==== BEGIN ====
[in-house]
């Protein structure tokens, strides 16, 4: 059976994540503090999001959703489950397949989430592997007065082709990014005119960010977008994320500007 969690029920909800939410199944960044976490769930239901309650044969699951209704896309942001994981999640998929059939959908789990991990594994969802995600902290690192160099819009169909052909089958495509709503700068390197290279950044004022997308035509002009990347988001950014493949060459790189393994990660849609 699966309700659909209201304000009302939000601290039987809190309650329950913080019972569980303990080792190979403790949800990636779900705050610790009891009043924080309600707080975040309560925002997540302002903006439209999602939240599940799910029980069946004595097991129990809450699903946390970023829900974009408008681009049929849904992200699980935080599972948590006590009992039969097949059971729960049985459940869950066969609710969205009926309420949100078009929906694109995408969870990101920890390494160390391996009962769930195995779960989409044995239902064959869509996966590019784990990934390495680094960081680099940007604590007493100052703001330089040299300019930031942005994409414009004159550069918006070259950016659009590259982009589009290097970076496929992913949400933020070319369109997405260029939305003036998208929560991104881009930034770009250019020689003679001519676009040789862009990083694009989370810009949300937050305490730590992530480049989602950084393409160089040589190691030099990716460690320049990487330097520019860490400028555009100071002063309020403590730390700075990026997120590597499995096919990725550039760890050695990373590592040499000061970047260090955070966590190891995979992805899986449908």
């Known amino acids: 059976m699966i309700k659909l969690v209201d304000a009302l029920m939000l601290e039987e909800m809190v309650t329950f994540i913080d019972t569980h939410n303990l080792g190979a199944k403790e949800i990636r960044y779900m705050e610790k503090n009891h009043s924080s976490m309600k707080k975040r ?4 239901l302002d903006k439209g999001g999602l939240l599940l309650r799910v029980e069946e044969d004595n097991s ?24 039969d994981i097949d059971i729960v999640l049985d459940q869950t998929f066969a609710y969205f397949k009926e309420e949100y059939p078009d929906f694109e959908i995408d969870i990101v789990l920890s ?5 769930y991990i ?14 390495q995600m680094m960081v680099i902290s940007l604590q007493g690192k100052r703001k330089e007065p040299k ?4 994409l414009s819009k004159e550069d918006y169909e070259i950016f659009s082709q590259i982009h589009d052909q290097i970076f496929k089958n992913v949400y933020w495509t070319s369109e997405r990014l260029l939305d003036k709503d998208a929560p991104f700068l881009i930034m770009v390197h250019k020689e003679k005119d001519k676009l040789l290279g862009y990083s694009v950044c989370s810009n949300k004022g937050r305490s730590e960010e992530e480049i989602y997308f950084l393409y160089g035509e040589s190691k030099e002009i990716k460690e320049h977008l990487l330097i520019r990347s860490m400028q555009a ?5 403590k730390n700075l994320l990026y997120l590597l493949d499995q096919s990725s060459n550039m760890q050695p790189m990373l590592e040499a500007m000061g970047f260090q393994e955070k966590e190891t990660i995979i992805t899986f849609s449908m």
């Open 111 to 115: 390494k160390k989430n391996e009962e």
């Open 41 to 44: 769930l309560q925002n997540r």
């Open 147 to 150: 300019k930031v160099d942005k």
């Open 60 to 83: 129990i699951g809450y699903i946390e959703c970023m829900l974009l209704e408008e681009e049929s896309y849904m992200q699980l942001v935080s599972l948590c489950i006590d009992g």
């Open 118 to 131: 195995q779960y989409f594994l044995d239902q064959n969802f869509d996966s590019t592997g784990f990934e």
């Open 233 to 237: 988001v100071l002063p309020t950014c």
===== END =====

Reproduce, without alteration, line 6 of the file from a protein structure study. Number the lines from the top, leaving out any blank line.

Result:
């Open 147 to 150: 300019k930031v160099d942005k």